Cameron Herold  4:00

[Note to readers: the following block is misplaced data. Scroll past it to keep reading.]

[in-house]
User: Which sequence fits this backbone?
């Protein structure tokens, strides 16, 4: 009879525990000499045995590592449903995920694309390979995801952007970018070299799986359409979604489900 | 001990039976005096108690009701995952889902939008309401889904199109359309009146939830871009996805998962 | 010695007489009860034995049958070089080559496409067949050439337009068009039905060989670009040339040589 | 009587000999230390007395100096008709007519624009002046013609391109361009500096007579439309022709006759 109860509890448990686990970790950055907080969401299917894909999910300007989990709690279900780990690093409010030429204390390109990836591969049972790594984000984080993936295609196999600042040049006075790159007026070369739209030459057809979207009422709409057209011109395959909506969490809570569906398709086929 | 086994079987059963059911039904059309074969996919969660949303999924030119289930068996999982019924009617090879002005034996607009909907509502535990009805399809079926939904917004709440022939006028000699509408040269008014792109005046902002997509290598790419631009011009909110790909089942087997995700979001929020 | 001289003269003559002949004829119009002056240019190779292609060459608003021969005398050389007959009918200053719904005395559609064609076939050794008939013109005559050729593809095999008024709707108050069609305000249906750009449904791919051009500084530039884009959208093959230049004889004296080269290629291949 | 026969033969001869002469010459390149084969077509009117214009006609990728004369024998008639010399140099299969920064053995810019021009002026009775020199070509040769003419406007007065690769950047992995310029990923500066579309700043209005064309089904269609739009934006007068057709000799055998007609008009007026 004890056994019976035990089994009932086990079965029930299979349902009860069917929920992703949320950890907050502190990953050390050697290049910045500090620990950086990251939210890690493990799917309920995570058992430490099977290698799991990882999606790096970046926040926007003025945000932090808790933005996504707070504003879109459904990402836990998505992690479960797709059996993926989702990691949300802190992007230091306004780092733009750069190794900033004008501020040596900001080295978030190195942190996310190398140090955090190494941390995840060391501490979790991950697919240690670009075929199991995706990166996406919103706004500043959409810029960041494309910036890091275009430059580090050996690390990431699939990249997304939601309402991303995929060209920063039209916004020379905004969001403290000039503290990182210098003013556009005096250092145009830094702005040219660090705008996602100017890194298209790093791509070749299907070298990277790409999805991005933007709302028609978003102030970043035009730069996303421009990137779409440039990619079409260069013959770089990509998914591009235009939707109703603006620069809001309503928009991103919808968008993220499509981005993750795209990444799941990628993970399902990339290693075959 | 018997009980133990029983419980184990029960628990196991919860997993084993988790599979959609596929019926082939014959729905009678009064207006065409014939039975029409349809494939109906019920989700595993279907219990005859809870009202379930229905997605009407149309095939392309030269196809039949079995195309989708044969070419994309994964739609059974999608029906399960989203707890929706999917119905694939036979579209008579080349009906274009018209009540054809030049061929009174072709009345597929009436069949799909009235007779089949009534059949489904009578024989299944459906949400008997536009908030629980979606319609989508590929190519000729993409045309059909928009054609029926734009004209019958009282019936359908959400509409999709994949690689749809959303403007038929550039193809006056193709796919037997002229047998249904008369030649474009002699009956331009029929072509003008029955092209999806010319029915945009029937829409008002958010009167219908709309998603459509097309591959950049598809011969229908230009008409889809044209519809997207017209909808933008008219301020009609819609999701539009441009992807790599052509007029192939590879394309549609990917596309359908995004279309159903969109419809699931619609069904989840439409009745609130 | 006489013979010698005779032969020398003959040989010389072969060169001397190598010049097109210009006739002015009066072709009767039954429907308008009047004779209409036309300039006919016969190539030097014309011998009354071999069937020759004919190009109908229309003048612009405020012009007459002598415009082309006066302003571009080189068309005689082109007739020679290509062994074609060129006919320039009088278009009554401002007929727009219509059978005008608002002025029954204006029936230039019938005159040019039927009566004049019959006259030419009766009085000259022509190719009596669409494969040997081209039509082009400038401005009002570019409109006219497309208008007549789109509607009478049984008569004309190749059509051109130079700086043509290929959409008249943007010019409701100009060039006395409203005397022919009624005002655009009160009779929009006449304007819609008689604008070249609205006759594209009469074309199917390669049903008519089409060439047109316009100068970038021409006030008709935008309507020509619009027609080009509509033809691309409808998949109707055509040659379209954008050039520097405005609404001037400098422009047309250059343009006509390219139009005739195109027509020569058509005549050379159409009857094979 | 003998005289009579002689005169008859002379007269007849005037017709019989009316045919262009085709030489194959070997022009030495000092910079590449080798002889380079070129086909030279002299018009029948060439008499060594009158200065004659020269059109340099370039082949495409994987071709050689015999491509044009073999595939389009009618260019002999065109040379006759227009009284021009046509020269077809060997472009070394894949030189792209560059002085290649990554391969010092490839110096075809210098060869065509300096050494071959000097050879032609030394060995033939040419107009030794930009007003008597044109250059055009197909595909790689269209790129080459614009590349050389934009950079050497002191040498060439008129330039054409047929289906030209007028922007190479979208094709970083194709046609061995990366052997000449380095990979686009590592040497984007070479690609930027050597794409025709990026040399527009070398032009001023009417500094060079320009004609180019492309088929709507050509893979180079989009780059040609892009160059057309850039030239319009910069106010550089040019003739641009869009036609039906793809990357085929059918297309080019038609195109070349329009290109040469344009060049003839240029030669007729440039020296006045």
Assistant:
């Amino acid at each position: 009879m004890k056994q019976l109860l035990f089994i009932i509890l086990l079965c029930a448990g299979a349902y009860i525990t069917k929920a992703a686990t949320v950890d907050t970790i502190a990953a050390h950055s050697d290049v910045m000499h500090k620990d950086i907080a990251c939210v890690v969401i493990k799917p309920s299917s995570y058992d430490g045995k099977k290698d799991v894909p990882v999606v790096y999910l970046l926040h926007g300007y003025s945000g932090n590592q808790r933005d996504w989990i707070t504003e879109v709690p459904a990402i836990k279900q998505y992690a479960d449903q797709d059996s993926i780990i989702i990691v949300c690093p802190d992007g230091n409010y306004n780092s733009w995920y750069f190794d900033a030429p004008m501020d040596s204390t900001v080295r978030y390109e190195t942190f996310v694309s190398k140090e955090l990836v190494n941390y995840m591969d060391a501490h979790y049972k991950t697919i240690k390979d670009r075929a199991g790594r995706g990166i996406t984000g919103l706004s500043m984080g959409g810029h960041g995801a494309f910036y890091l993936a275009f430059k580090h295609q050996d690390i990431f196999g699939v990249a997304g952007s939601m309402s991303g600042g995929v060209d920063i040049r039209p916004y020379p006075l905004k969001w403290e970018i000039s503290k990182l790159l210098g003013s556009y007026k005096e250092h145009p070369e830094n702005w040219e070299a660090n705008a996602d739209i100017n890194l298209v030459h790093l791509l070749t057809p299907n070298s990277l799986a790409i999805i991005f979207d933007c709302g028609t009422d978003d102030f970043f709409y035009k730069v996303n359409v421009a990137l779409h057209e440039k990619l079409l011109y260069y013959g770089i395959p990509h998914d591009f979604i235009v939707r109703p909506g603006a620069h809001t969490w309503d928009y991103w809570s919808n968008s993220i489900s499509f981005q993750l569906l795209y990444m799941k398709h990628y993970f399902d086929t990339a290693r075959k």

Yeah, it’s funny my, well, it’s not funny. I think it’s really sad because as a child, I grew up in a system in a school system where I was told to sit still and pay attention and there’s only one right answer and be like everyone else and stop being so distracting and work on your weaknesses and get a tutor. And, and it was frustrating because every day I would try my best and I’d get dis focused, I get in trouble and I would get bored. And instead of the school system saying, Wow, you just want another public speaking competition, maybe we should get you a speaking coach. They kept identifying that I was weak in French or bad in history, and I should get tutors and in chemistry in French, and I still suck at French. And me. Yeah, yes. Like, I didn’t make any sense. Like, I wasn’t gonna use French. Why would I learn it? But if someone had said, Wow, you can study all the different entrepreneurs, the great entrepreneurs in history. What do you think I’d be like, that’s awesome. If I got to read about them and watch videos about them and be like, That’s amazing. But they pushed me to study things. And to do it in a way that wasn’t meant for me. So I was really, I kind of saw that early on. And then I also have the signs of bipolar disorder. I’ve got 11 to the 11 signs for bipolar where, you know, you’re told that attention deficit is a disorder and that bipolar is a disorder. Now, it can be if you’re on the very, very fringe, but the reality is about 3% of people are bipolar and about 3% of people are entrepreneurs. And most entrepreneurs are on the spectrum for bipolar. If I read you the 11 traits, and most entrepreneurs are also on the spectrum for attention deficit disorder. Maybe it’s exactly who we’re supposed to be. Someone this morning said, you know, that entrepreneurs are famous for seeing outside of the box, and I went, there’s no box, like, hasn’t anyone told you there is no box, right? Well, maybe entrepreneurs are supposed to be out of the box, and we’re supposed to see everything. We’re supposed to be scattered so that we get excited about ideas, and we see the market and the customer in the economy and our suppliers. And then we get bored with ideas. So we delegate them Maybe those are our strengths. And maybe the mania is why people follow us. And the stress or depression is simply us course correcting. So I’ve kind of been really passionate about that. I talked a little bit as you mentioned in my TED talk that came out 10 years ago, it’s still on the main TED. com website. They actually edited the title it was originally called raising kids to be entrepreneurs instead of lawyers and they cut out the instead of lawyers part.